Saturday, October 27, 2012

The Book Fairies Strike Again

Edna St. Vincent Millay
photo by Arnold Genthe
I don't have anything against poetry, I just don't read it very often. As I look at my bookshelves I see a couple of books by Mary Oliver and a small edition of Walt Whitman poems. The Whitman volume is published by Everyman's Library and is one in its Pocket Poets series.

I love the size. I fits comfortably in my hands and even has its own yellow ribbon bookmark.

This leads me to tell you that yesterday I visited Poor Richard's Bookstore in Frankfort, Kentucky. It is a grand bookstore across from the Old Capitol building downtown. Shelves stretch up the high ceilings, ladders stand at the ready to help reach for the highest placed volume, and new and used books sit side by side. Through a doorway, a coffee shop beckons with soft leather chairs and low tables and more books. 

There is even a second floor, an attic really, that holds scads of old books. Books that are somewhat beyond used but treasures just the same. I have visited the attic on a previous visit, but I didn't climb the stairs this time. As we were only passing through town, I just had a short minute to browse and said out loud to Rose, my traveling companion, "I will not buy a book today."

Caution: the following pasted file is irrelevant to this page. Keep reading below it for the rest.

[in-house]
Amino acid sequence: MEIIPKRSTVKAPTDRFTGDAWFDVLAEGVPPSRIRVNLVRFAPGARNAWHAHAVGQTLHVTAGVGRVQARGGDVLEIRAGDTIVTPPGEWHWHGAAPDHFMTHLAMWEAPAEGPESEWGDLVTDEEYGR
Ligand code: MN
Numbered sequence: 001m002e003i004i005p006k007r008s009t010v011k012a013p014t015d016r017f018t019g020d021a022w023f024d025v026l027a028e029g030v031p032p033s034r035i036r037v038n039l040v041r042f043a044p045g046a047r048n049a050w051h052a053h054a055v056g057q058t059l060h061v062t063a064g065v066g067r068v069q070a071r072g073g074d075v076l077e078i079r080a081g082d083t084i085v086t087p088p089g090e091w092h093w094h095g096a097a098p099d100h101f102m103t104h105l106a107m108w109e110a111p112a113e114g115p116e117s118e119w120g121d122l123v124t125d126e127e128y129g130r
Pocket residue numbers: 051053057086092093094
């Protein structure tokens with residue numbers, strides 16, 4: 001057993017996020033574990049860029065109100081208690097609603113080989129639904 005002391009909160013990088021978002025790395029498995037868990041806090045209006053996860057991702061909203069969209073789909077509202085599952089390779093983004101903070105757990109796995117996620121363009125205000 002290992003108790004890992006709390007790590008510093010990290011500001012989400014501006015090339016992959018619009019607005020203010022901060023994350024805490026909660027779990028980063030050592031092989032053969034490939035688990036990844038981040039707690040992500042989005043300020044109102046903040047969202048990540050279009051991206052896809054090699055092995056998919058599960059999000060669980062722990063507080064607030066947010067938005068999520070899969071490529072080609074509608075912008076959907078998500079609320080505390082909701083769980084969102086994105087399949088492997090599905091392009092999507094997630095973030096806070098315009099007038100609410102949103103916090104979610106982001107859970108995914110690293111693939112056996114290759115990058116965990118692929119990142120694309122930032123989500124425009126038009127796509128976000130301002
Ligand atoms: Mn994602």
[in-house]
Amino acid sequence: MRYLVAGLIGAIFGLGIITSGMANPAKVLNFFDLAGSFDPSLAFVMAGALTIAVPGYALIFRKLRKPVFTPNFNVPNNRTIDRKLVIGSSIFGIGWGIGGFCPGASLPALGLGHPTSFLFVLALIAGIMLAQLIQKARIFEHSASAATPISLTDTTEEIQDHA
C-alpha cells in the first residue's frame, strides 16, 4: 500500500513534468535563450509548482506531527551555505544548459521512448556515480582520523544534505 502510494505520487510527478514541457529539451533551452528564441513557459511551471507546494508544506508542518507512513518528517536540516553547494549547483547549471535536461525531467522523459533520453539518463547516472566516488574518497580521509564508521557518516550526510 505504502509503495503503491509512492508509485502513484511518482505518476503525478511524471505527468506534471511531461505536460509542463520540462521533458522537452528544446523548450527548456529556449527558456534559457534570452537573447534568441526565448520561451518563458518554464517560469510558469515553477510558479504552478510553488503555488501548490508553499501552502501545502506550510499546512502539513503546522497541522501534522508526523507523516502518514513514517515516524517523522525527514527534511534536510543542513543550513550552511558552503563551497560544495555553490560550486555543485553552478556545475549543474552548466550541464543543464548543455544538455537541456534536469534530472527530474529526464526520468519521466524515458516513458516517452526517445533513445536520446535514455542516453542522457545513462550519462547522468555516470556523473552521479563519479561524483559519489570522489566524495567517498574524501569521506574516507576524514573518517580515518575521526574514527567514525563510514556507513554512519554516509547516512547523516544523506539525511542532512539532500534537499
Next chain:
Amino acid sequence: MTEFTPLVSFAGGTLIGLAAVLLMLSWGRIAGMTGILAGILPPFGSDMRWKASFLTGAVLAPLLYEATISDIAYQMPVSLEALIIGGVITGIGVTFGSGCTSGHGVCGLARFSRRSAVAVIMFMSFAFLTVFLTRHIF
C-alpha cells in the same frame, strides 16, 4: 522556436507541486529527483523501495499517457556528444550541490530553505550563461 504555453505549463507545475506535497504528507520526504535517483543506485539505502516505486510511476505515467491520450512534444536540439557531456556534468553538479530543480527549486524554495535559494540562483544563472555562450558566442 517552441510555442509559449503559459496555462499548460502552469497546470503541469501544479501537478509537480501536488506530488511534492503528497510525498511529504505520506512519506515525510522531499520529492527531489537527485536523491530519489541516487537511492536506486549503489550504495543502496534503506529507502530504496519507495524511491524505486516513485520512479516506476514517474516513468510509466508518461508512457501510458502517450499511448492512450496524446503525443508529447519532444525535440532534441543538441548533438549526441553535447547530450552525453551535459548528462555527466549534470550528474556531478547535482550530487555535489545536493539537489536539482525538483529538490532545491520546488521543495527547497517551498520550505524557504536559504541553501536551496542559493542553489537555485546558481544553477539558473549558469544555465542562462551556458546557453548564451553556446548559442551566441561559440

Hah! That of course tempted the Book Fairies to prove me wrong and within minutes I had a book in my hand. Another in the series of Pocket Poets. This one: Edna St. Vincent Millay.

On the cover is a wonderfully evocative sepia photo of a young Ms. Millay standing among what look to be the branches of a tulip tree full of white blossoms. Her dark hair is pulled back into a soft bun and she is wearing a linen dress with a white collar and white buttons which I will just bet you are made of mother of pearl. The photo was taken in 1914 by one Arnold Genthe. 

This jacket photo alone was worth the price of the book - a mere $13.50 - but as I look at the receipt, I see I was charged $15.50. Oh, well. Poor Richard is two dollars richer.

I do believe I will enjoy reading Ms. Millay. She won the Pulitzer Prize for Poetry in 1923 and is the author of the following familiar lines:

My candle burns at both ends;
It will not last the night;
But ah, my foes, and oh, my friends --
It gives a lovely light!

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